Through good times and bad, Newport’s Balboa Peninsula has always attracted the curious. From the Balboa Pavilion and the Fun Zone to the Rendezvous Ballroom and Lido Marina Village with its Art Deco movie theater, the long, low sand spit has offered a wide variety of pleasures over the last century.
A recent renaissance has brought new restaurants, bars and hotels. Via Lido and other neighborhoods have been attractively revitalized.
One of the visionaries has been Mario Marovic. His Lounge Group has created several successful and forward-looking concepts in Newport, such as Dory Deli, Stag Bar + Kitchen and Malarky’s Irish Pub. They own popular properties in other parts of Orange County as well.
Marovic and partner Andrew Gabriel are about to place another big bet on the Peninsula. They’re opening the Helmsman Ale House in a few weeks. It will occupy the former site of Newport Beach Brewing Co., a popular watering hole for more than 20 years. Dylan Mobley, who held positions at Stone Brewing Co., Angel City Brewing and Bottle Logic Brewing, will be the brew master.
Hatch Design Group, a local firm that has reimagined many O.C. restaurants, is renovating the 4,200-square-foot property. A 15-barrel brew house will provide about a dozen small-batch beers at a time, with a capacity of up to 14 different brews, if need be.
“It was an opportunity that fell in our lap,” Gabriel said. “In April of last year we acquired the Newport Beach Brewing Co. from the previous owner. We worked with him for a while, operating it until the end of the year before starting a remodel. We wanted to take our time figuring out what to replace it with.”
The Peninsula is brimming with freshly completed projects and ambitious new ones in the process of being born. But its vitality is a fairly recent phenomenon. A decade ago, the place was a bit wilted around the edges, with few new businesses or fine-dining choices.
“I think the Peninsula has really changed for the better in the last few years,” Marovic said. “For a long time it was in decline; it got a little tired and neglected. When we started investing in the Peninsula a few years ago, people thought we were crazy. Now, the Peninsula has become a very popular destination. A lot of my friends tell me they like going here now for dinner or drinks.”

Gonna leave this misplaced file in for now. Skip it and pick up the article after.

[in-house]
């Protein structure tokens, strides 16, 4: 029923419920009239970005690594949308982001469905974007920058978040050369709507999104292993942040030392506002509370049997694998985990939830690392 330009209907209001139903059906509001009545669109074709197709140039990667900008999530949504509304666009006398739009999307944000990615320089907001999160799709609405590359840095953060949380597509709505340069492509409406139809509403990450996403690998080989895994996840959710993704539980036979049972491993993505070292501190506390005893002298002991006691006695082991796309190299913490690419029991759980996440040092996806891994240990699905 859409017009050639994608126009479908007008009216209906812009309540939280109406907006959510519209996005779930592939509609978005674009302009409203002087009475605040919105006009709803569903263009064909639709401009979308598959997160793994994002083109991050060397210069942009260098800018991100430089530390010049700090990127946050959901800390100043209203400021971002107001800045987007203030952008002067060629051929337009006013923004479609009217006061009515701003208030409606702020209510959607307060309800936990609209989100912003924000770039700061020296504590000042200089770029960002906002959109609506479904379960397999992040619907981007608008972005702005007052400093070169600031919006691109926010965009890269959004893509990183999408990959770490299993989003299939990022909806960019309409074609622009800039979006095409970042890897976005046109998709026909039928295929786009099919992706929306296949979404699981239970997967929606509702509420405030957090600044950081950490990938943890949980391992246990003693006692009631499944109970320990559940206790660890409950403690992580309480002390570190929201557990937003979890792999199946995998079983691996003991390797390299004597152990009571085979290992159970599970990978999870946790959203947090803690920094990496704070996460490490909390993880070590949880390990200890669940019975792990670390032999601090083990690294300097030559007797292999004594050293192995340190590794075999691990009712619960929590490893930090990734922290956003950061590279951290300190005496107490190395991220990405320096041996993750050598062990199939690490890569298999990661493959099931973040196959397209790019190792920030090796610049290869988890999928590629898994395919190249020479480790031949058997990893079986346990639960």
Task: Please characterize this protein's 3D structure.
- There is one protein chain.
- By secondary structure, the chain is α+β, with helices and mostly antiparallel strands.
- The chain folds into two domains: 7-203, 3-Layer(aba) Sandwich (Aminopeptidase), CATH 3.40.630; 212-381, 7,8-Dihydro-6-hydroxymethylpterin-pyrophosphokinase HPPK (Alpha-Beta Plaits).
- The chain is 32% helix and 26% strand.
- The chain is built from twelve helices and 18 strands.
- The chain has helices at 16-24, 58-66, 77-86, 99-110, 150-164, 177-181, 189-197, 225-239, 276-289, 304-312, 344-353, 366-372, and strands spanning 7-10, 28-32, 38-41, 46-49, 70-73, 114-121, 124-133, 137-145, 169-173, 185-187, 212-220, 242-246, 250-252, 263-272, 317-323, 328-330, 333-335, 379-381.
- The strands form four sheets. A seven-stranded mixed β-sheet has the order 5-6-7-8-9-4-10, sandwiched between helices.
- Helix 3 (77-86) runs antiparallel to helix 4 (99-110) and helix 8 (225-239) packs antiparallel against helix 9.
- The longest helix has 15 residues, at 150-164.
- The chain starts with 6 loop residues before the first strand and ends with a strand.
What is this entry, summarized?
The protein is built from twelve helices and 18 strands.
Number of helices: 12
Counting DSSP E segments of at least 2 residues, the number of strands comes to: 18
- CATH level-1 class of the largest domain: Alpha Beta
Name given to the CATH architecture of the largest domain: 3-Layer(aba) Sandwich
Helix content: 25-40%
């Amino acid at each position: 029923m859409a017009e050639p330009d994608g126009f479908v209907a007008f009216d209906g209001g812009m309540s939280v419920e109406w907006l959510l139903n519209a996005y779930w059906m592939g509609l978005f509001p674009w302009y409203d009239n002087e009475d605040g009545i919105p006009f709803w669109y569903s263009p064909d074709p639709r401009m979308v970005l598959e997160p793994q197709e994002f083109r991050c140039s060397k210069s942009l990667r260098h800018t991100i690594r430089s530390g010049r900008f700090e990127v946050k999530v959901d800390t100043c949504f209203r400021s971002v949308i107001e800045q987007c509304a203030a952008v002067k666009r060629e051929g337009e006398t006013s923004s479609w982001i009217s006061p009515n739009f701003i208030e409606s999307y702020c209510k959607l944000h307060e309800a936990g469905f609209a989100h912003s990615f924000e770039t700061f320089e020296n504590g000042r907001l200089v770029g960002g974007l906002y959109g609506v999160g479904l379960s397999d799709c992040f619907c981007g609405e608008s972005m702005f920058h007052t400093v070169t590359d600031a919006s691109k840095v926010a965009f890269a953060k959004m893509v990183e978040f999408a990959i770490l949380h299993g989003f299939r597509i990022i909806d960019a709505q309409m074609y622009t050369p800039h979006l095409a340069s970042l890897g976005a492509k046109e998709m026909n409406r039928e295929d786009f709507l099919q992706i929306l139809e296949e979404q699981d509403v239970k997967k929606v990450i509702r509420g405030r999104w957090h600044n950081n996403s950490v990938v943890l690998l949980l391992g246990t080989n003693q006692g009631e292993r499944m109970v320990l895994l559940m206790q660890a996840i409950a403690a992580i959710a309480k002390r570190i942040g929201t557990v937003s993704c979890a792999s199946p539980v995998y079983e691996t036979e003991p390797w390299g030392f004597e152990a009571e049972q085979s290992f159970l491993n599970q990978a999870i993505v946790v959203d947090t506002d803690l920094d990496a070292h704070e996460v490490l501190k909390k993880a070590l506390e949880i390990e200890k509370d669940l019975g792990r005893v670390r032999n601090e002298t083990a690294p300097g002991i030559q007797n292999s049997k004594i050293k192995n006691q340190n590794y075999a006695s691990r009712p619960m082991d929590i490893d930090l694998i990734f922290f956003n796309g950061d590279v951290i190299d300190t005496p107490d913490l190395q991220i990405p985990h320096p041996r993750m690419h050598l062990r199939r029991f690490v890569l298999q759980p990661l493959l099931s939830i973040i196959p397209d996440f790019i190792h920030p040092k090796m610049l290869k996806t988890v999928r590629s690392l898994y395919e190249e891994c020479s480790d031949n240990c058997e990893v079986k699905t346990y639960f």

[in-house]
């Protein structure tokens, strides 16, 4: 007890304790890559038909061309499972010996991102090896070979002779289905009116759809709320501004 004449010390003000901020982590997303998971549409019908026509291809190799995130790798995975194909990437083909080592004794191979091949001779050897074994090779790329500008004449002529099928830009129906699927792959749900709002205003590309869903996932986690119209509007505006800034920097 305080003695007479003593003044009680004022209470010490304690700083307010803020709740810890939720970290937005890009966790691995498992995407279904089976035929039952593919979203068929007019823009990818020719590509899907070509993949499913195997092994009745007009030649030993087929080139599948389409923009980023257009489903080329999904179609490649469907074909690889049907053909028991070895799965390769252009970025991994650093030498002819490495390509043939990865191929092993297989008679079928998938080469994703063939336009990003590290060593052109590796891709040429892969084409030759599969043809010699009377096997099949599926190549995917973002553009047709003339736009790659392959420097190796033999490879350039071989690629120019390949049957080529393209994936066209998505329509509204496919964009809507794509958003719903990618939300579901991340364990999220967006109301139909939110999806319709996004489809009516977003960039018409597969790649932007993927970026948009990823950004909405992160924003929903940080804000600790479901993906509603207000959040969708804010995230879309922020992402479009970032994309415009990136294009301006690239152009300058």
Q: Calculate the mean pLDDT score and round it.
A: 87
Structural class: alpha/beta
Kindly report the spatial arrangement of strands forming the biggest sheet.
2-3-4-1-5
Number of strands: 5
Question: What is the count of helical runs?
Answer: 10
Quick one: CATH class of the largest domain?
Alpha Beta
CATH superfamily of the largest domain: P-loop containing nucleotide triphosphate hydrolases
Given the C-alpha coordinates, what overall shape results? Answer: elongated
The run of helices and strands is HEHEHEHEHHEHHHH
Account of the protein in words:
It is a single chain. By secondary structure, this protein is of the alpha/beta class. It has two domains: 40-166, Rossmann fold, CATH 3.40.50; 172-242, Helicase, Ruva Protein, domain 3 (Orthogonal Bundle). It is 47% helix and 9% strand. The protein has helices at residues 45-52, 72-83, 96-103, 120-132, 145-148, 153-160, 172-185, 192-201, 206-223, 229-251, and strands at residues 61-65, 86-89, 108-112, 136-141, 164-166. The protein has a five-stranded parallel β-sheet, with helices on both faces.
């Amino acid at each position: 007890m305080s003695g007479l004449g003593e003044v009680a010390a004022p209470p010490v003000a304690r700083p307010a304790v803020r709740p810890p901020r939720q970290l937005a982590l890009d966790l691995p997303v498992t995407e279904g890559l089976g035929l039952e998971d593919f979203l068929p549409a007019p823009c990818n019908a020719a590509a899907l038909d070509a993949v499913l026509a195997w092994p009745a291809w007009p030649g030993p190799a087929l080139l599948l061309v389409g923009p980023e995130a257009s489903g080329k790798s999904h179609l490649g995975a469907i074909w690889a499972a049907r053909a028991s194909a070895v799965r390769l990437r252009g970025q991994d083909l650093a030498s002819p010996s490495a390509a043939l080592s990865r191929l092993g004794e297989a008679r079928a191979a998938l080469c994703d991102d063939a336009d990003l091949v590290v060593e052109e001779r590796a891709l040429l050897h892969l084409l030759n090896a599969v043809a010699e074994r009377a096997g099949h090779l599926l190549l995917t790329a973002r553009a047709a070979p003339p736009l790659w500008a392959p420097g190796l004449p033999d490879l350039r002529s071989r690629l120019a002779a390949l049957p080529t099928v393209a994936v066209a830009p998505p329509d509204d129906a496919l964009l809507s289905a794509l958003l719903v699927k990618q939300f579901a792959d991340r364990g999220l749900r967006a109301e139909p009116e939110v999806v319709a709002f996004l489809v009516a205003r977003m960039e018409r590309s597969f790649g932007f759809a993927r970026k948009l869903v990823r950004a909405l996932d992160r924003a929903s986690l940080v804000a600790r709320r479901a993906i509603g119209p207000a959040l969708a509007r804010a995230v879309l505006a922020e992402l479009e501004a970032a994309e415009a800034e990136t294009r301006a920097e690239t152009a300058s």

The Helmsman isn’t going to be just another industrial-looking craft brewery dominated by tanks and other hardware. Anyone familiar with Marovic’s restaurants knows he has a flair for unorthodox design and interesting details.
“Andrew and I really enjoy the process of designing a building,” Marovic said. “Every single item and artifact in the Helmsman was hand-selected by me or Andrew. For example, I went to New York for a family vacation three years ago and found these great nautical lights.”
The Helmsman will be large, with a capacity of 220. It will contain two bars, a dining room and a covered and heated patio. The beers will be a mixture of house signature styles, guest labels and seasonal brews. Growlers and 32-ounce cans will be available for takeaway.
The menu will feature American-style pub fare with an emphasis on quality, Marovic said.
“We’ll be unique among craft breweries because we’ll be both a bar and a restaurant,” Gabriel said. “We’ll have a full liquor and cocktail menu as well as our take on classic American bar food. Most breweries in Orange County don’t have a food or cocktail program. Some rely totally on food trucks. We decided at the beginning that we wanted to be a culinary destination as well as a brewery.”
An opening date is still up in the air, but the Helmsman should be up and running well before Labor Day.
“We plan to open in early to mid-August,” Marovic said. “Construction will be finished soon, but we want to have a solid month of working out the kinks. It will take the brewer a few weeks to brew the first batches of beer, and we have to train the employees.”
Once it’s open, Marovic and Gabriel intend to promote The Helmsman as a year-round destination. Unlike many places in the area, they didn’t want it to be a largely seasonal business.
“The population density of Newport is changing, and people’s attitudes toward the peninsula are changing too,” Marovic said. “Summer is always busiest around here, but we’ve found people will come year round it they like a place enough. And we think we’ve created that kind of business.”
Paul Hodgins writes about wine, beer, spirits cocktails and bars for TimesOC. He has been covering the subject for more than a decade, and he has published two books on California wine. Follow him on Instagram @goodlibationsoc.